The blockchain cannot know that money has been spent in USD, yen or euro. This is why he used proxy work. He made mining blocks extremely difficult so that everyone who succeeded in mining a block must have spent money on both hardware and energy. Every block that is successfully mined has been backed by money that was spent not only on hardware but also on the energy to run the hardware and create that block. Proof-of-work consensus algorithms (PoW), which are automated systems that determine the “right” fork from a set of forks are used whenever there are forks.

Similar: Proof-ofstake vs proof-of work: Understanding the differences

This means that anyone who produces blocks on this fork will continue to receive rewards, and that those who produce blocks on the other fork won’t be rewarded. Because they have already been penalized monetarily for spending their money on hardware, this punishment is very easy. They have already spent their money, so they can continue to produce blocks on the wrong chains. They will not be rewarded and they won’t get their money back. They will have given up their money. They won’t be able to get their blocks accepted by the network, and they won’t receive tokens.

This proof-of work system makes it clear that a person who doesn’t want to follow the rules (a malicious actor) can only acquire and run more hardware then everyone else. For example, by mounting an attack of 51%.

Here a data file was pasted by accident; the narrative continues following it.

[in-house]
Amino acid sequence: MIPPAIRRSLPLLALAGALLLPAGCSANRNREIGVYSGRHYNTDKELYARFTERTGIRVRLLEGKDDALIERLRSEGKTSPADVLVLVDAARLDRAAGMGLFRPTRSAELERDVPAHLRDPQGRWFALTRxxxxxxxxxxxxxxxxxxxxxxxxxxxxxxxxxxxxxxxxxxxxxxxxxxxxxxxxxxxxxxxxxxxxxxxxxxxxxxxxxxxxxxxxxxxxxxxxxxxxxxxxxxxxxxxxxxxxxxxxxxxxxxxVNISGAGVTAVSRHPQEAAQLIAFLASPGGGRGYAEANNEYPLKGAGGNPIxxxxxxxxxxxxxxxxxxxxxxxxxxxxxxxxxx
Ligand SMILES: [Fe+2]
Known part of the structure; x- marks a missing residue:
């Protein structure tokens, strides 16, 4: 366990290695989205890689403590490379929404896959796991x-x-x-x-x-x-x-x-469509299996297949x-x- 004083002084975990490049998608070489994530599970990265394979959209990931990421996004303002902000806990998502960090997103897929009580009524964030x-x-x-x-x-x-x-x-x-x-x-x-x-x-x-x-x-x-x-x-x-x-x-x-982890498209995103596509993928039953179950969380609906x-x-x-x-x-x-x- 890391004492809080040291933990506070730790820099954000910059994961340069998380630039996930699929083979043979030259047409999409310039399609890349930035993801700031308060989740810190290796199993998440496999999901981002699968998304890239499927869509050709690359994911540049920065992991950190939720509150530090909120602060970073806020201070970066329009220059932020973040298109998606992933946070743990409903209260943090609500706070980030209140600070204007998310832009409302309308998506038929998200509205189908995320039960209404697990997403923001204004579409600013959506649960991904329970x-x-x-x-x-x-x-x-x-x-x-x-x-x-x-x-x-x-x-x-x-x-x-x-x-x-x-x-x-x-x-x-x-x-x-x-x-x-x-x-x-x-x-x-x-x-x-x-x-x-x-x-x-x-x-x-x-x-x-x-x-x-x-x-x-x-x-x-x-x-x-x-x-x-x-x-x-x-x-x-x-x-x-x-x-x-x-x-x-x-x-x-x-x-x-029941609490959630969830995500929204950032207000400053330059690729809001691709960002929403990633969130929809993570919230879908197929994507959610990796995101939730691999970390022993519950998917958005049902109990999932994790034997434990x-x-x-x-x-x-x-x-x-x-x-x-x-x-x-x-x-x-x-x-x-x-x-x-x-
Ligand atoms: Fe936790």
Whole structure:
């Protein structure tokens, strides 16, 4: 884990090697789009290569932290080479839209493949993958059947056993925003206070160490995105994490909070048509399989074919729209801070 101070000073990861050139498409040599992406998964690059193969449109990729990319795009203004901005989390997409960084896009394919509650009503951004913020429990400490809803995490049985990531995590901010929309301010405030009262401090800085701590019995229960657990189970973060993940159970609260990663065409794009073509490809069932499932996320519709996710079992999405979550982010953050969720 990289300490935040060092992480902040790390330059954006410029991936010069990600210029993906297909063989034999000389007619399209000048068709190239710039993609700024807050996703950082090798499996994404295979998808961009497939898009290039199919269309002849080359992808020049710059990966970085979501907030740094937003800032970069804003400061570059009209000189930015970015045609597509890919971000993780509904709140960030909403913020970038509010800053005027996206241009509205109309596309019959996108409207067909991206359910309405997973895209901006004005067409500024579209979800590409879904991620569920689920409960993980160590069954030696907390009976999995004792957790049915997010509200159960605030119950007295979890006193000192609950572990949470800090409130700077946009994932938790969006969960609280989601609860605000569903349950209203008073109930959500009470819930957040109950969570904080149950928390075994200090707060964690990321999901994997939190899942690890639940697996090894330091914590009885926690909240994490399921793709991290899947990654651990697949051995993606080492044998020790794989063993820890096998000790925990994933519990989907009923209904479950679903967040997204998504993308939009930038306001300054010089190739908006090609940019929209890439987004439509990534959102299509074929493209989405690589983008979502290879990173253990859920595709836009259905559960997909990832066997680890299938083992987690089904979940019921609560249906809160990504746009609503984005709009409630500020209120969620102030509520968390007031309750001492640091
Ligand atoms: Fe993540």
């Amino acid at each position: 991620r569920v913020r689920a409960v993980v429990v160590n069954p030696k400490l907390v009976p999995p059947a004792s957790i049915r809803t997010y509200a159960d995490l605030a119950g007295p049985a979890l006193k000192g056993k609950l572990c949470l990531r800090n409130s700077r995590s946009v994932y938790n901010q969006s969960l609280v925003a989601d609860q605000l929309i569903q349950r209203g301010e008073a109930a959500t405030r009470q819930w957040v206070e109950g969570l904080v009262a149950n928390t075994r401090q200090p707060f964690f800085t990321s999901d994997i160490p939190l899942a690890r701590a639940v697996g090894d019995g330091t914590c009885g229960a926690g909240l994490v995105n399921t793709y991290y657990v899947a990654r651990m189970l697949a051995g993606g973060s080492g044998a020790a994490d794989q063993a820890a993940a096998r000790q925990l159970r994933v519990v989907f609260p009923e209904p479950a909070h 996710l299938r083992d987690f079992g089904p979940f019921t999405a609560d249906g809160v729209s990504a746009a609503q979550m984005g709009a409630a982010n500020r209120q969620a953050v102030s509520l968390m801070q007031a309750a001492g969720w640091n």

This is proof-of-work’s elegance. Without sacrificing increasing amounts of capital, the system can’t work. Satoshi combined cryptography with economics to create a trusted ledger of transactions. It is almost trustless.

However, there are many consensus algorithms that work in different ways. One of the most popular is proof-ofstake (PoS), and I will be discussing it in the next article. Then, I will be discussing the Koinos algorithm which is a first of its kind in a general-purpose blockchain.

These views, thoughts, and opinions are solely the author’s and do not necessarily reflect the views or opinions of Cointelegraph.
Andrew Levine, the CEO of Koinos Group is the former Steem development team member. They create blockchain-based solutions that allow people to own and manage their digital lives. Koinos is their foundational product. It’s a high-performance, blockchain built on a completely new framework that allows developers to access the features they need to provide the best user experiences to help spread blockchain adoption.

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Eileen Wilson

Eileen Wilson –Technology and Energy My Name is Eileen Wilson with more than 5 years of experience in the Stock market industry, I am energetic about Technology news, started my career as an author then, later climbing my way up towards success into senior positions. I can consider myself as the backbone behind the success and growth of with a dream to expand the reach out of the industry on a global scale. I am also a contributor and an editor of the Technology and Energy category. I experienced a critical analysis of companies and extracted the most noteworthy information for our vibrant investor network.